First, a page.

During this Lent, train yourself against this weakness so next time you battle, you’re the one who comes out on top.

Practice Makes Perfect

One way to do this could be to create a Lenten journal in which you track your progress. Instead of simply having an idea in your head of which bad habit you are trying to overcome, it might help to write something down.

You could begin by writing which vice you think you struggle with the most, and then you could think about what situations you find usually lead to it rearing its ugly head. At the end of each day, you could write a few notes of how you think you did and how you could improve.

For example, if you often get in trouble for fighting with a sibling, think about what is usually happening before the fight begins. Do you have disagreements about certain ways of doing things, or do you get annoyed by some particular habit they have?

If so, you could write it down and then be on the lookout, so when it seems like an argument is about to flare up, you can pause for a moment and think. Is it necessary to do it my way, or do I just want to because I like mine better? Or, do I really need to let myself get upset by what they are doing? Can’t I just ignore it?

Being aware of what usually leads us to commit sin, be it big or small, is one of the best ways to avoid the sin.

Before bed, you could go over the events of the day in your head, particularly relating to the specific vice you are trying to overcome, and think about how you did. If you failed to achieve your goal, don’t worry; its takes time and effort to break a bad habit.

You could make some notes of what you think you did well and where you slipped up, so you can begin the next day even more prepared.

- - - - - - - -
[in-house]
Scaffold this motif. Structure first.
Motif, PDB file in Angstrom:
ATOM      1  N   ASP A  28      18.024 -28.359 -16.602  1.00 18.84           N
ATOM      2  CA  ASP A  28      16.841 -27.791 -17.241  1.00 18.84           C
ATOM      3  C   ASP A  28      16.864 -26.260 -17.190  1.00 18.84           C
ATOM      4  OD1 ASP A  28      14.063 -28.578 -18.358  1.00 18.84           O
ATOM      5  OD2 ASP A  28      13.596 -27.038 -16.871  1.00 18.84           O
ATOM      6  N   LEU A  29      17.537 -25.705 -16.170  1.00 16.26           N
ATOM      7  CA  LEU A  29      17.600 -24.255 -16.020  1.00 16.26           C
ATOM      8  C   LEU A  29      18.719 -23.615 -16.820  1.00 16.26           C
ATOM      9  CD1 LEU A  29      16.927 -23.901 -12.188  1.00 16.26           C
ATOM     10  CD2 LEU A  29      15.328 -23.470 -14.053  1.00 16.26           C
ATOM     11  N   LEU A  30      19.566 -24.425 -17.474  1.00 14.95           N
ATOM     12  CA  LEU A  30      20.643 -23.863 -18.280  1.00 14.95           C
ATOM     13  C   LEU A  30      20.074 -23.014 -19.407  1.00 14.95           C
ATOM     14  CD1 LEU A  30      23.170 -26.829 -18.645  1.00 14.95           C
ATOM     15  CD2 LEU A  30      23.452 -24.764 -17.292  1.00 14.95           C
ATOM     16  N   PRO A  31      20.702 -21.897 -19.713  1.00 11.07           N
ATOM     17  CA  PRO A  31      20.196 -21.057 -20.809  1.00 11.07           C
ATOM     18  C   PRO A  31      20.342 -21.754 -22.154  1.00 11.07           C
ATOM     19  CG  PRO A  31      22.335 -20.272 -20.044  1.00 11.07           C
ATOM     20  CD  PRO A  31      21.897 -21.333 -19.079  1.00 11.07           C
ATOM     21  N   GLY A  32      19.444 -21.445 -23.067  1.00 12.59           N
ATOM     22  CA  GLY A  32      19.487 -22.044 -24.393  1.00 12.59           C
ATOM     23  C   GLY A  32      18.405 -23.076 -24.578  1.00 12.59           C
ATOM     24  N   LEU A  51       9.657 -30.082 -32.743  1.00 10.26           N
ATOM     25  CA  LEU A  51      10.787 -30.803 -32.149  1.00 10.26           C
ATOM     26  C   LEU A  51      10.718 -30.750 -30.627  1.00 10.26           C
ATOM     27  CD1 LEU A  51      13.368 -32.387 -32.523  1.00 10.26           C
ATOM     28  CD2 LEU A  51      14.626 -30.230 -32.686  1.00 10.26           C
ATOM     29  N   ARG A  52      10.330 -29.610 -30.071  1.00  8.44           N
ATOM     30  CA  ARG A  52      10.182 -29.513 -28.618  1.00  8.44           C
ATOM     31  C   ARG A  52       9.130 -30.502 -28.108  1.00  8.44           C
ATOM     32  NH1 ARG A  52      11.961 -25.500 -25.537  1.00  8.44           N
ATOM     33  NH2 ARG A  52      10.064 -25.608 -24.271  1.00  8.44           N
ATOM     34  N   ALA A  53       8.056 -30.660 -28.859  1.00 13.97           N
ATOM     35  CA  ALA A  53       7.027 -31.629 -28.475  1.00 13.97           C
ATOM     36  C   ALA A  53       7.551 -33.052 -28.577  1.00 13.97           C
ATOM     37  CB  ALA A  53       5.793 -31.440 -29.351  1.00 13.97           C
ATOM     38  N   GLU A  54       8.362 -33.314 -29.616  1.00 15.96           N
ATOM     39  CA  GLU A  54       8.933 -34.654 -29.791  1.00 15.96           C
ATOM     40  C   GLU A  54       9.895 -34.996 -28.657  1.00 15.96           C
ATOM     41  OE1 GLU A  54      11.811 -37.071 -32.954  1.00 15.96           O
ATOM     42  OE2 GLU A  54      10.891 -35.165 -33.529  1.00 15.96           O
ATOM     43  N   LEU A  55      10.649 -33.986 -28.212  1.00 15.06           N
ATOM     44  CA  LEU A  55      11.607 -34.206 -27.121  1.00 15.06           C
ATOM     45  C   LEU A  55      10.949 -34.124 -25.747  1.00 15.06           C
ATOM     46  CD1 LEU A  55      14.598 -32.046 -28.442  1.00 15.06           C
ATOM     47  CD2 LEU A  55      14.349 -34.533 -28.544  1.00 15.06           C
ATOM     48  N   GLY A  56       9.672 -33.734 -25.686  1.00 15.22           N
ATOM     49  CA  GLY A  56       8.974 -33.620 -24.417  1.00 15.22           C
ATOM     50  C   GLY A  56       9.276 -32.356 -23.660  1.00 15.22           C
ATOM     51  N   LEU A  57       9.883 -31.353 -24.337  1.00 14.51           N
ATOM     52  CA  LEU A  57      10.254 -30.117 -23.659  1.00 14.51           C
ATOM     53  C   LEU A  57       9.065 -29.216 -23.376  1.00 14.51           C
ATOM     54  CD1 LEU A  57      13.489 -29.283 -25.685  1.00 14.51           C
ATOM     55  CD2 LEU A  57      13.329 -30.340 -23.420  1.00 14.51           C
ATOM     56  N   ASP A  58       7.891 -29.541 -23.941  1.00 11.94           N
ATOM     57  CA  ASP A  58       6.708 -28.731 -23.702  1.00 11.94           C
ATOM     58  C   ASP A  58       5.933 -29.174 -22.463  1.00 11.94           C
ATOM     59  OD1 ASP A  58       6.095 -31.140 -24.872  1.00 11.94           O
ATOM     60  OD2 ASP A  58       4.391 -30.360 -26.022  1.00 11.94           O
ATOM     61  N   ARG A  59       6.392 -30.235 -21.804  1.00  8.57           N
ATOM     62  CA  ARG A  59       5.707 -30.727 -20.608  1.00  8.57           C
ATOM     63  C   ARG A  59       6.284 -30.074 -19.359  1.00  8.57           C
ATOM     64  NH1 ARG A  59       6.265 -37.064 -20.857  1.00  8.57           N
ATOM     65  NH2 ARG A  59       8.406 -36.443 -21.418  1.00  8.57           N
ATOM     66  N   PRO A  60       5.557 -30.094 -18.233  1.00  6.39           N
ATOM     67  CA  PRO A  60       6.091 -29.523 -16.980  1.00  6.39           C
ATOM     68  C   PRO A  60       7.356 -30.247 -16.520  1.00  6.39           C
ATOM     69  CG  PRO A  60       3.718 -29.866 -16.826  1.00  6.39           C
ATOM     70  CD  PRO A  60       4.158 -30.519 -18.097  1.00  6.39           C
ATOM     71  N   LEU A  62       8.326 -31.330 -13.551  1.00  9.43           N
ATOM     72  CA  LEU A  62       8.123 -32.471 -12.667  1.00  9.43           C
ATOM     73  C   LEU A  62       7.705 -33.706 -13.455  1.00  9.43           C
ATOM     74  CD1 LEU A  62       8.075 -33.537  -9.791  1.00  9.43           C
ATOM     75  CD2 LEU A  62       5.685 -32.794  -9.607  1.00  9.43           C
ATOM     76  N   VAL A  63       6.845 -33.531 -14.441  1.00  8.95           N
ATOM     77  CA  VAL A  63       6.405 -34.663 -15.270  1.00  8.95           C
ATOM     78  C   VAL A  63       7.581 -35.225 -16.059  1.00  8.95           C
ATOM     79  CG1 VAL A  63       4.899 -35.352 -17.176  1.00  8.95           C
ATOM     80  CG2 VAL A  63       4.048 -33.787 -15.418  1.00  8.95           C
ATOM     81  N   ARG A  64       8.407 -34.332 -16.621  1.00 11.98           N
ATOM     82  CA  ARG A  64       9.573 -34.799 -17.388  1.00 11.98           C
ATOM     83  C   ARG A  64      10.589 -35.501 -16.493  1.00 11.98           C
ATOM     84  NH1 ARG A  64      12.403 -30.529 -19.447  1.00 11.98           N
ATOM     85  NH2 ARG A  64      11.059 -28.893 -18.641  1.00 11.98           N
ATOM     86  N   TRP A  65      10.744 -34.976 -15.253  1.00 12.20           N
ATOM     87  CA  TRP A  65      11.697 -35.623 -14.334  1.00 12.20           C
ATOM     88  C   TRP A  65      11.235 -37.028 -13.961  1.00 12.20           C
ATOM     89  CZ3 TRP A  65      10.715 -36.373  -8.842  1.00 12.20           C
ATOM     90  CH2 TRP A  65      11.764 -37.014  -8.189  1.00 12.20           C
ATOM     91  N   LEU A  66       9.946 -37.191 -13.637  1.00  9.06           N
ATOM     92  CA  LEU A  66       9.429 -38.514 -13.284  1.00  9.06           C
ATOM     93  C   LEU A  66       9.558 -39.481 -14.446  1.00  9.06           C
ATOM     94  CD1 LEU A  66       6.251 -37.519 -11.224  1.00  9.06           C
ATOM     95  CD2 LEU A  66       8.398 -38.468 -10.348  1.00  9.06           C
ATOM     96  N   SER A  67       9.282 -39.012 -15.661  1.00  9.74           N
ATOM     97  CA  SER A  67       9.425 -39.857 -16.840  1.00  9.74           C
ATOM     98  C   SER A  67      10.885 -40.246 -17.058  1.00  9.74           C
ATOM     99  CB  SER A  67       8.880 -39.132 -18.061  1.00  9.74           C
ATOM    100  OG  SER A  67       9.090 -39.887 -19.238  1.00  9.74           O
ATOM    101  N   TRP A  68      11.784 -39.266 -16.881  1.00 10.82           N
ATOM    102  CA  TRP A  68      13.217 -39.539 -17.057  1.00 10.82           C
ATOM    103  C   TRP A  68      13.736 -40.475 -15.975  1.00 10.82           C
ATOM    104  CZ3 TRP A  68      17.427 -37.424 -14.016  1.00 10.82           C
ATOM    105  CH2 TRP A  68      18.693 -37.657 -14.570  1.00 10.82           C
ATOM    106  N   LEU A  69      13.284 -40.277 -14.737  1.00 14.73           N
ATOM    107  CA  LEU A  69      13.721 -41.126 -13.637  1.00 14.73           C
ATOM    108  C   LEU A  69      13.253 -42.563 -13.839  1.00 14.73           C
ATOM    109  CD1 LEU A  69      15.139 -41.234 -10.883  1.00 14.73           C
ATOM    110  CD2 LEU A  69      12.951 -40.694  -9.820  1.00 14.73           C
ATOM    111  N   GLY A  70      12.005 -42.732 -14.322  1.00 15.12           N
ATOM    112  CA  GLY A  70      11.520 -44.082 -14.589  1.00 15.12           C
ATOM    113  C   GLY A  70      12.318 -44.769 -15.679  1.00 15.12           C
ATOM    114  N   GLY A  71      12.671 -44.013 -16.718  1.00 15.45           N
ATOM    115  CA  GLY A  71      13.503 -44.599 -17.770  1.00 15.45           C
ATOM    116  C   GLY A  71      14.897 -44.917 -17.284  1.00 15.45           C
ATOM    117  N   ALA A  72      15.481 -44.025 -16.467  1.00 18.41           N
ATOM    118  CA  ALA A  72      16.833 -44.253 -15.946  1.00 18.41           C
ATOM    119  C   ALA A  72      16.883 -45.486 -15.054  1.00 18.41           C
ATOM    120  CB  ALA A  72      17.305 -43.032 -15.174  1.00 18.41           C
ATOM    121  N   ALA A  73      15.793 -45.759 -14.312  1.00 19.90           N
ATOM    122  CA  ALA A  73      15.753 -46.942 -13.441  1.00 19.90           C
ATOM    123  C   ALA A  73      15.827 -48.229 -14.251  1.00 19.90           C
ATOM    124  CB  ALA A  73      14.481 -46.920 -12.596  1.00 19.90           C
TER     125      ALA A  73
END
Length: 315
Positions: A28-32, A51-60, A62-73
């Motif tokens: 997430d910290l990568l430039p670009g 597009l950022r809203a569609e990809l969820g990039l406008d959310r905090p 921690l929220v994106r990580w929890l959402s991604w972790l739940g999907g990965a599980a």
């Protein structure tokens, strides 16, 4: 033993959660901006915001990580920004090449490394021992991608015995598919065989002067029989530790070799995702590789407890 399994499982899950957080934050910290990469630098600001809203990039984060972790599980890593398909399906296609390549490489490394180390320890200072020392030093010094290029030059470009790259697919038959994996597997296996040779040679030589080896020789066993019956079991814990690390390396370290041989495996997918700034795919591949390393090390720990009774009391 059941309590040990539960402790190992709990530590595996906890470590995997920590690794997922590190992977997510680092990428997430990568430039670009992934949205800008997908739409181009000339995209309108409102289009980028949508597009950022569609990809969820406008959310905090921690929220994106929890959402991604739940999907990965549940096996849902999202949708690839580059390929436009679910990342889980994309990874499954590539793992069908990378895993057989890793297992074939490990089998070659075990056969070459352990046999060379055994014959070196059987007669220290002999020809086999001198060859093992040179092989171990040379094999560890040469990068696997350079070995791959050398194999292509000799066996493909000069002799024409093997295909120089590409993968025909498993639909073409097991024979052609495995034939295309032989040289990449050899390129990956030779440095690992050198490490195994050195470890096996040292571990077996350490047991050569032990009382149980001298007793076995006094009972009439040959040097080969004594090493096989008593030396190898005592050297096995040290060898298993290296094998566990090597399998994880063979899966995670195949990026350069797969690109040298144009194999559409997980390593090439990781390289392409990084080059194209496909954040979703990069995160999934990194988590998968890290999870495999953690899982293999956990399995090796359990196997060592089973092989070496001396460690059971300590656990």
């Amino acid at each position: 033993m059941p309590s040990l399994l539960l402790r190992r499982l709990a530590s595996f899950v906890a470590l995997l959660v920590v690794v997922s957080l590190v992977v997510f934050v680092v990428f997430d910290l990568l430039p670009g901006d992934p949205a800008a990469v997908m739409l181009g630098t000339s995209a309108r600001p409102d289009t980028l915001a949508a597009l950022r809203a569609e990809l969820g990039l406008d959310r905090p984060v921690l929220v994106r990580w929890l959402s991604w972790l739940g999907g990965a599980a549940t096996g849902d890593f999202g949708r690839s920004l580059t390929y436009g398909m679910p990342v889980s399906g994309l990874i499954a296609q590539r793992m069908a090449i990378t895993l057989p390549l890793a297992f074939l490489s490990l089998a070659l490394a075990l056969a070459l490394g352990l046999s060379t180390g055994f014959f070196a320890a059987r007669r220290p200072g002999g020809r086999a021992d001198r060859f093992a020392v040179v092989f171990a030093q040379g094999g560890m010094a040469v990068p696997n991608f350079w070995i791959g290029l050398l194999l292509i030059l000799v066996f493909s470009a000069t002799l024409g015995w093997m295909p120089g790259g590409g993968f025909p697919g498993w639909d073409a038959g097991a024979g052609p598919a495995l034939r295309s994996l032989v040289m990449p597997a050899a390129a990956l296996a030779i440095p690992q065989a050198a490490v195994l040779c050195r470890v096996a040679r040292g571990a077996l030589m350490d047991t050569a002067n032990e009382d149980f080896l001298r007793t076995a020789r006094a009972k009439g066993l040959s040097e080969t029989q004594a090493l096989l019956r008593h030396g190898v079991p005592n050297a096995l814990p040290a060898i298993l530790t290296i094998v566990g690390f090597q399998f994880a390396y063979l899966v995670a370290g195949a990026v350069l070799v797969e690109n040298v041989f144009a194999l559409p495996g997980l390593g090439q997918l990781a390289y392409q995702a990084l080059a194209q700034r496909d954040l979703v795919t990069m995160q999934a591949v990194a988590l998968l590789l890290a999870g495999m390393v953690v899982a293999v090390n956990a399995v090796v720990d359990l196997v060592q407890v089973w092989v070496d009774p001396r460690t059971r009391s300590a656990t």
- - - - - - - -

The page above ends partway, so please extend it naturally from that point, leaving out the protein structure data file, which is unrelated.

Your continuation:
It doesn’t have to be negative, either. Instead of simply trying not to get into fights with your sibling, you could do something positive with them, like offering to play a game they enjoy, even if you would rather do something else.

It is rather hard to fight with someone always making an effort to be nice to you.

Not Just 40 Days and Nights

Even if you haven’t been able to give up your chosen bad habit by the end of Lent, at least you will have taken steps in the right direction. They might seem like small steps, but they are steps you can continue to take, not just through the 40 days of Lent, but throughout the rest of the year.

Make this Lent different from all others by giving up something forever. Make it a time of positive spiritual growth…or you could just give up chocolate (again).

About Andrew Murphy

Andrew graduated from High School with Seton in 2014 . He is the eldest of five children with a brother and three sisters. Some of his interests include reading, (especially Chesterton, Tolkien & C. S. Lewis), film making, bush walking/camping and writing – some which may be found on his blog; Thoughts for the Journey Thoughts For the Journey.He is also working on a short work of fiction (in the style of Tolkien's The Hobbit) which he hopes to publish by the end of the year.